By Corey Deiterman
By William Michael Smith
By Jef With One F
By Craig Hlavaty
By Jesse Sendejas Jr.
By Sonya Harvey
By Jesse Sendejas Jr.
By Nathan Smith
Over the past year, a new generation of soul crooners -- D'Angelo, Maxwell and Tony Rich -- has revivified R&B vocals by dumping the new-jack croak that Boyz II Men still use to line their pockets with gold. These fellows are slipping into the darker, creamy stylings of the 1970s, a decade exemplified by two gold standards: Marvin Gaye and Al Green.
Gaye, in whose Stacy Adams footfalls the young bloods are following, wasn't just able to use the haunted beauty of his vocals to seduce and cajole; he could caress social protest and love song alike -- an approach his original inheritor, Prince, still summons when he wants to do business. Still, for Gaye this wasn't enough. Like everyone else of his generation, white or black, he wanted to be Frank Sinatra.
Legend has it that Gaye, playing his first big engagement in San Francisco, was determined to spread the supper-club syrup of Frank (by then, he had already posed for an embarrassing Ocean's 11 album cover photo, complete with stiff-brimmed fedora snapped over his eyes and folded trench coat over his midriff). Motown's Berry Gordy went red-eyed, insisting the crowd was at the show to see Marvin do Marvin. After an argument that may have, at the very least, led to a slapfest, Gaye hit the stage, coming on in the wake of an intro that reminded the audience of all his early era Motown hits ("Ain't That Peculiar," "Wonderful One," etc.). The crowd, whipped up to a galelike frenzy, greeted Gaye, who stepped before the mike, thanked them shyly, then trilled, "Me and my shadow ...."
After a series of beautifully mastered rereleases of the Marvin Gaye catalog, Motown has finally put out a collection of Gaye's renditions of pop standards titled Vulnerable -- and it proves that Gordy, not Gaye, was right. It's evidence that even Gaye could ignore his gifts. He doesn't reinterpret "The Shadow of Your Smile" in the divinely blasphemous way he did "The Star-Spangled Banner" -- he even sings much of the material in the lower range with which he worked his earlier Motown stuff -- and so he comes off as nothing more than curiously unimaginative.
Gaye could sing material written by others, specifically if it freed something in him, but none of the pieces on Vulnerable does that; he appears instead to be unnerved by them. What Vulnerable does begin to suggest is the multitude of contradictions battling inside him. On "She Needs Me," you can just about hear Gaye wrestling with all his instincts and refusing to give in, a tiny taste of the self-destructiveness that later did him in. (PP)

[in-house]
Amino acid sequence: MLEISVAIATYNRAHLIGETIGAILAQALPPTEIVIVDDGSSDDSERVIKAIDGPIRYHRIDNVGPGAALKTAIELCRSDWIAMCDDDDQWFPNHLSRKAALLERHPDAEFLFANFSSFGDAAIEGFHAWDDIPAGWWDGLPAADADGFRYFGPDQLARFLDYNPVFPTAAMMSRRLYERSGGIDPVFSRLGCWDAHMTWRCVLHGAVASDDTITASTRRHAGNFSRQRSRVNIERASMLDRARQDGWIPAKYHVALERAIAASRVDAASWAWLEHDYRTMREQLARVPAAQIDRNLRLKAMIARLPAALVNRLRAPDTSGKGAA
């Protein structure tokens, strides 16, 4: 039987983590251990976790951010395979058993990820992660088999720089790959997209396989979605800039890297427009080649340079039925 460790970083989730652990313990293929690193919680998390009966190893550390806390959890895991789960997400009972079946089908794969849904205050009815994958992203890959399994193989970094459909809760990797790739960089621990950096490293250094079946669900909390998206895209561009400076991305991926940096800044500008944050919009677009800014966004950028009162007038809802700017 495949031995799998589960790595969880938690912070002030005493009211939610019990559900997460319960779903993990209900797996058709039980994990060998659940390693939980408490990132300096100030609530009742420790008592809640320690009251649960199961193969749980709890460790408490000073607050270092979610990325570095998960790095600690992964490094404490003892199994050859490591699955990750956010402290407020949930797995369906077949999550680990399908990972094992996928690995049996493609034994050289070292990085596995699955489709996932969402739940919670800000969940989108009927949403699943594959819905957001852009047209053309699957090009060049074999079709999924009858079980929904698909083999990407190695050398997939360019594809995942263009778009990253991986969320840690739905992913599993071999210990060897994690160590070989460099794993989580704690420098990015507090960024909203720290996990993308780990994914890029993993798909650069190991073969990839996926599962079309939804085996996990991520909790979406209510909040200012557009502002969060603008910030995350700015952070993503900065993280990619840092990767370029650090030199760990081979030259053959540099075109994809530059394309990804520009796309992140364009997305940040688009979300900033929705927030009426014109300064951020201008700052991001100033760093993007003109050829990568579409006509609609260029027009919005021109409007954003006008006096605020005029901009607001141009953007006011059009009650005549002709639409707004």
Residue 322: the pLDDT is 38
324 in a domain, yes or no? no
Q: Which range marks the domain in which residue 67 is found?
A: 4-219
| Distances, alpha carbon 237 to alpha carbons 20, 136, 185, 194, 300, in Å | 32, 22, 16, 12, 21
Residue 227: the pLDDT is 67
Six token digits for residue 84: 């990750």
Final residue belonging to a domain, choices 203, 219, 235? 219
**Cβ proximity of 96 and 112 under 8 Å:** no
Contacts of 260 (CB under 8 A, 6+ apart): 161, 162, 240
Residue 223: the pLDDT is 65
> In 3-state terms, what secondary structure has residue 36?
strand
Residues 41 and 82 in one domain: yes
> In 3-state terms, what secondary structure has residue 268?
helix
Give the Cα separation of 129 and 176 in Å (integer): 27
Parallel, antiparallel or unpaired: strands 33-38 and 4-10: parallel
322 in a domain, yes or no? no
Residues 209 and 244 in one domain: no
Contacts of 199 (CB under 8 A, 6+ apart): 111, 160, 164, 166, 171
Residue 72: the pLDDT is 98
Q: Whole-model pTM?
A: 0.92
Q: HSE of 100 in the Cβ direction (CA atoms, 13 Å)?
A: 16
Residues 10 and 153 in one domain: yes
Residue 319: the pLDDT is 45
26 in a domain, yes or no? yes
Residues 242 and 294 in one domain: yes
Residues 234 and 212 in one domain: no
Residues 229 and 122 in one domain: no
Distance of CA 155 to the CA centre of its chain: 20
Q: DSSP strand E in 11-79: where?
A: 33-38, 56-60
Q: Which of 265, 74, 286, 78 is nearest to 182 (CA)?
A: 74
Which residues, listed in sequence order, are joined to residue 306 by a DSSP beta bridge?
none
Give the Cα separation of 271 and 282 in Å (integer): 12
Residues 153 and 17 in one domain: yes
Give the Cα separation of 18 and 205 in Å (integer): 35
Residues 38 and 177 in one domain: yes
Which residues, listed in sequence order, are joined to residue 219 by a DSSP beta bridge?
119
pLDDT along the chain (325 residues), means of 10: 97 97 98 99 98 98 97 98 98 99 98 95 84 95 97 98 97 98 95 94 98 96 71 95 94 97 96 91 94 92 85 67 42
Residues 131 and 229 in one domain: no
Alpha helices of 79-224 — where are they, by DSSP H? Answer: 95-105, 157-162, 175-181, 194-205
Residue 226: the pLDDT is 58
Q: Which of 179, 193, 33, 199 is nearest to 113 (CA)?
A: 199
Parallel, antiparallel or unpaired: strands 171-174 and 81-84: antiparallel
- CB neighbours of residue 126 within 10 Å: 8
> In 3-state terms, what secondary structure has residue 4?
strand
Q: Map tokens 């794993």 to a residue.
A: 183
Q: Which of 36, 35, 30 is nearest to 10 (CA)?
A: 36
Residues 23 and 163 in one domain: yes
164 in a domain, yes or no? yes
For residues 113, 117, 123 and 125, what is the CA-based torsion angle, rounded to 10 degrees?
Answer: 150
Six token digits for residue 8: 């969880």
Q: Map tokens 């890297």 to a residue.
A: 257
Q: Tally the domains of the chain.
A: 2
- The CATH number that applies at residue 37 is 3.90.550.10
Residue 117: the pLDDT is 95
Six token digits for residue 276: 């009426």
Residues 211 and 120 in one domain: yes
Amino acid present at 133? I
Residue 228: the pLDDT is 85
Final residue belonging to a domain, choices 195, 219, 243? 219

Al Green may, on the surface, look like a less-conflicted Marvin Gaye. At one time, when Motown was briefly caretaker of the Hi Records catalog, Green was even a stablemate of Gaye's. (Also, Green's last name was originally spelled Greene, and Gaye came into the world without the e, so there was some kind of spiritual vowel exchange between them as well.) But now the Greenography has ended up in the hands of Right Stuff, which has just sent the immensely pleasurable Al Green Anthology into the world. Coming in the wake of Right Stuff's Hi Times: The Hi Record Years, which included many of the Al Green songs that haven't really disappeared, Anthology feels vaguely redundant. There are now two places to find Green's playfully sizzling take on "I Want to Hold Your Hand," in which he names it and claims it. And yet there cannot be a world with too much Al Green.
Anthology goes hurtling to the beginning and the unformed single, "Back Up Train," where Green was first looking for a way to reconcile his Christian leanings with the secular. (Gaye, too, faced that struggle. And with both men, it was an extraordinary conflict that they were never really able to harness.) On "Train," Willie Mitchell's production -- with the trim, sly Hi Rhythm Section -- was contoured to Green; intriguingly, what Anthology makes evident is that over the years there wasn't so much an evolution in Al Green's performances as there was a fine-tuning, and the enormity of delight in hearing Green vary and intensify his attack by cubic centimeters is an inspiration.
Green was known for being a studio monster, a man who treated each recording as if he were engaged in microsurgery. Some of the live versions on this compilation -- such as "We've Only Just Begun/Let's Stay Together" and "Love and Happiness" -- present the ballooning joy Green exhibited on-stage, something the records, though brilliant in their appearance of abandon, don't really allow us to hear.
Still, as engaging as Anthology is, I can't help but wish a little more thought had been put into its assembly. For example, following the live "You Ought to Be with Me" with the studio version would have allowed for a little compare-and-contrast, but the listener's left with only the concert renditions of a few of the songs. Too, I craved the inclusion of the single version of "Call Me," which is essentially the same as the album take but with a brief call-and-response vocal from Green during the chorus that makes the song even more lovely; sadly, it's not here.
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